One funny story is got Nelly Frutado a painting when she played the Fillmore here in Denver. Didn’t get to meet her and didn’t think much else about it. Until months later watching some music videos and the painting is with her in the Nickelback “RockStar” video. Totally random and completely unexpected!

Where can people see your work?

I currently have work at the following Denver locations; The Preservery, The Levitt Pavilion (Green Rooms), The Brutal Poodle, Hazel Art Bar, and The Black Box (Lounge). You can also find me in Brooklyn, NY at the Richard Beavers Gallery, or the Universal Hip Hop Museum opening in 2022 in NY. I’m also at The American Jazz Museum in Kansas City.

How did growing up at South High school help to develop and inform your artistic sensibilities?

While attending South I really realized I wanted to pursue art and took as many classes as I could. Most of my teachers encouraged me & helped me to understand and better utilize my talents.  I met a lot of creatives at South which broadened my perspective on art. It was also the beginning of creating a network that has extended well into my artistic career. For example I just finished a mural at Hazel  (also owned by South Alumni) with one of my long time friends (who also went to South) and fellow local artists Ian Rumley.

What projects are you planning for the future?

I have been very focused on family lately over the past year. For more details about all this visit my abstract body of work “Signs of Life” currently on display at The Preservery.  I still create whenever possible with more freedom than I have allowed myself in quite some time. Less pressure, less expectations more exploring and tapping back into my love of art. I would like to create more outdoor or public art and collaborate with as many artists as possible in 2019. Either way I will continue to set and meet goals for myself & my artwork just like I have always done.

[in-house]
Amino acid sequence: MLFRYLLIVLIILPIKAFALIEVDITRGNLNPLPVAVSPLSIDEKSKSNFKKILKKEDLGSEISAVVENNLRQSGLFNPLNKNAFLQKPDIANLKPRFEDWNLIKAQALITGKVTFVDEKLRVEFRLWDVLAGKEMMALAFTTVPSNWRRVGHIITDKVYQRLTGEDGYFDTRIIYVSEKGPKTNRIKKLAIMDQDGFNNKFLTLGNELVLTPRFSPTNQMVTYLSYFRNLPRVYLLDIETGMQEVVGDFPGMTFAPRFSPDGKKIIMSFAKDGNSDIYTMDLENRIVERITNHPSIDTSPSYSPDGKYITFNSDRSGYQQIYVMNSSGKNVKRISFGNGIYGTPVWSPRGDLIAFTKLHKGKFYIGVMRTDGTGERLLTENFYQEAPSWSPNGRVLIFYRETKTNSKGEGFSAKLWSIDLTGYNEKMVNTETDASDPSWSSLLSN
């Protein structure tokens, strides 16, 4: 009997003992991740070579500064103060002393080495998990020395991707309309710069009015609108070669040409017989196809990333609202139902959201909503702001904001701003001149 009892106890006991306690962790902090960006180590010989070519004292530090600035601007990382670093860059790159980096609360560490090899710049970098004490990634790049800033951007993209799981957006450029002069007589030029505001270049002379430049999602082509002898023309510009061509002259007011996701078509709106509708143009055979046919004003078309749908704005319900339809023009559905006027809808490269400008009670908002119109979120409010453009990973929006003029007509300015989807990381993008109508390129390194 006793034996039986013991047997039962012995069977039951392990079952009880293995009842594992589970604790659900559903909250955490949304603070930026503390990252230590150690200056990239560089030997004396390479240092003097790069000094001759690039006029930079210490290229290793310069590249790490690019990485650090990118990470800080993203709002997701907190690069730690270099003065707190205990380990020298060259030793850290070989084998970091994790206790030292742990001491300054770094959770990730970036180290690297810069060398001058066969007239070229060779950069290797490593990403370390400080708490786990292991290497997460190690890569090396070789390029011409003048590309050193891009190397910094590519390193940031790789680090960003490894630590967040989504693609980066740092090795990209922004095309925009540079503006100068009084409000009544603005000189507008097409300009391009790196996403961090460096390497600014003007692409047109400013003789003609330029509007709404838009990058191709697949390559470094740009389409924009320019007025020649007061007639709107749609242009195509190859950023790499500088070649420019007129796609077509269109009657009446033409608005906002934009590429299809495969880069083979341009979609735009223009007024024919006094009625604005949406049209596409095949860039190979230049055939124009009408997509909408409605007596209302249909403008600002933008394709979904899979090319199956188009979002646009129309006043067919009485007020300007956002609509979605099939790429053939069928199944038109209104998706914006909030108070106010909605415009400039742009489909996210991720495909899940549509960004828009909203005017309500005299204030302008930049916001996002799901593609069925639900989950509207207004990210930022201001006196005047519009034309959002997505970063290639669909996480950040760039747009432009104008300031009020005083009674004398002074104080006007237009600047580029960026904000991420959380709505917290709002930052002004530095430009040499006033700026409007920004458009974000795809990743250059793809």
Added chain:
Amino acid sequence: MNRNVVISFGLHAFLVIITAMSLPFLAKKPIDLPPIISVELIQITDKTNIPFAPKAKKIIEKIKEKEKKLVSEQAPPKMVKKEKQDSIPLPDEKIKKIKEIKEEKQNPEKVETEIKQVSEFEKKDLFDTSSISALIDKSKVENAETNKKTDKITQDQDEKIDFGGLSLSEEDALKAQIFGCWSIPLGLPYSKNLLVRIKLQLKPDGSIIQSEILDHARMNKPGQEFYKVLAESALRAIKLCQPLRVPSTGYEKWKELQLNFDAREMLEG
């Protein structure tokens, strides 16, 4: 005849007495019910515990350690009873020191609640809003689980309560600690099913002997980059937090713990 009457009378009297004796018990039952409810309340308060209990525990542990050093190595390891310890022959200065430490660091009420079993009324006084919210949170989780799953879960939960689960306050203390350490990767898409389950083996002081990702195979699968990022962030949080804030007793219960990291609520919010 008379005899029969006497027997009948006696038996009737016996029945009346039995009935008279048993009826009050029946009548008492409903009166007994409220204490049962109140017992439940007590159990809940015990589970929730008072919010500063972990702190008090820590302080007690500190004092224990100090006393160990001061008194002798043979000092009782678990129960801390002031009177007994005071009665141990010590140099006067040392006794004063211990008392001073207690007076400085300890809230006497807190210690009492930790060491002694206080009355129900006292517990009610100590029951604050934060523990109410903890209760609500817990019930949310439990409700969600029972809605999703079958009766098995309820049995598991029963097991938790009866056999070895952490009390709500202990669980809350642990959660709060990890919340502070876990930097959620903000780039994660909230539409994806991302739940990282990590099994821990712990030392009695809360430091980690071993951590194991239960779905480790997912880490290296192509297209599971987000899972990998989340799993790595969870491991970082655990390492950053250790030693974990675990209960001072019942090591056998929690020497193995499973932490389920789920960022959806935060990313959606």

We have seen the “Slow The Funk Down” signs around the neighborhood. How are you involved in this project?

My friend Pat Milbery of the SoGnar Creative Division was working on some projects for Walk Denver and Vision Zero. When the idea of a yard sign project was presented he brought me in to help with the design. With the help of Walk Denver & Vision Zero’s community outreach. Pat and I took the community input and created the Please Slow The Funk Down yard signs. It has been a very successful project with over 500 signs distributed around the metro area.

Do you have any shows coming up?

I am working some collaborations, and public art projects for 2019. Keep up to date with all my shows on social media and at

Thank you for taking time to introduce yourself to our audience in the neighborhood where you grew up. In our eyes you are another South High School success story. We appreciate your sustainable style and your efforts to help with Walk Denver and Vision Zero.  We wish you all the luck with your future endeavors.